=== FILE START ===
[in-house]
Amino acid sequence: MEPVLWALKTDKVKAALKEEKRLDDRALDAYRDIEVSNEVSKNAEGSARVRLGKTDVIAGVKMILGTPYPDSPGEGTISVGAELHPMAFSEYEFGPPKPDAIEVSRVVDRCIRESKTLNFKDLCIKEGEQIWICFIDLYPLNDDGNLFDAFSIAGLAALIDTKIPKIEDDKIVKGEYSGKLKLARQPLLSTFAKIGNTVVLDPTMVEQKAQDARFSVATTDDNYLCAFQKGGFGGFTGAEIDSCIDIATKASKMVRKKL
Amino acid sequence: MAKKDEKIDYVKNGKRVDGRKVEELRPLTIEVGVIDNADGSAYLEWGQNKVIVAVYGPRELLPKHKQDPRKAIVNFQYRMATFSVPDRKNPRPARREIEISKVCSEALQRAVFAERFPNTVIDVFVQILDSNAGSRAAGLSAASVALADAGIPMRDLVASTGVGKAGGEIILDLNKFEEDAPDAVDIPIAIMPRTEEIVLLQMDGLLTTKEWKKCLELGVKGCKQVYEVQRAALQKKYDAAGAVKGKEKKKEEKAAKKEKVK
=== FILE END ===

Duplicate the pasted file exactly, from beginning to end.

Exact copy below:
[in-house]
Amino acid sequence: MEPVLWALKTDKVKAALKEEKRLDDRALDAYRDIEVSNEVSKNAEGSARVRLGKTDVIAGVKMILGTPYPDSPGEGTISVGAELHPMAFSEYEFGPPKPDAIEVSRVVDRCIRESKTLNFKDLCIKEGEQIWICFIDLYPLNDDGNLFDAFSIAGLAALIDTKIPKIEDDKIVKGEYSGKLKLARQPLLSTFAKIGNTVVLDPTMVEQKAQDARFSVATTDDNYLCAFQKGGFGGFTGAEIDSCIDIATKASKMVRKKL
Amino acid sequence: MAKKDEKIDYVKNGKRVDGRKVEELRPLTIEVGVIDNADGSAYLEWGQNKVIVAVYGPRELLPKHKQDPRKAIVNFQYRMATFSVPDRKNPRPARREIEISKVCSEALQRAVFAERFPNTVIDVFVQILDSNAGSRAAGLSAASVALADAGIPMRDLVASTGVGKAGGEIILDLNKFEEDAPDAVDIPIAIMPRTEEIVLLQMDGLLTTKEWKKCLELGVKGCKQVYEVQRAALQKKYDAAGAVKGKEKKKEEKAAKKEKVK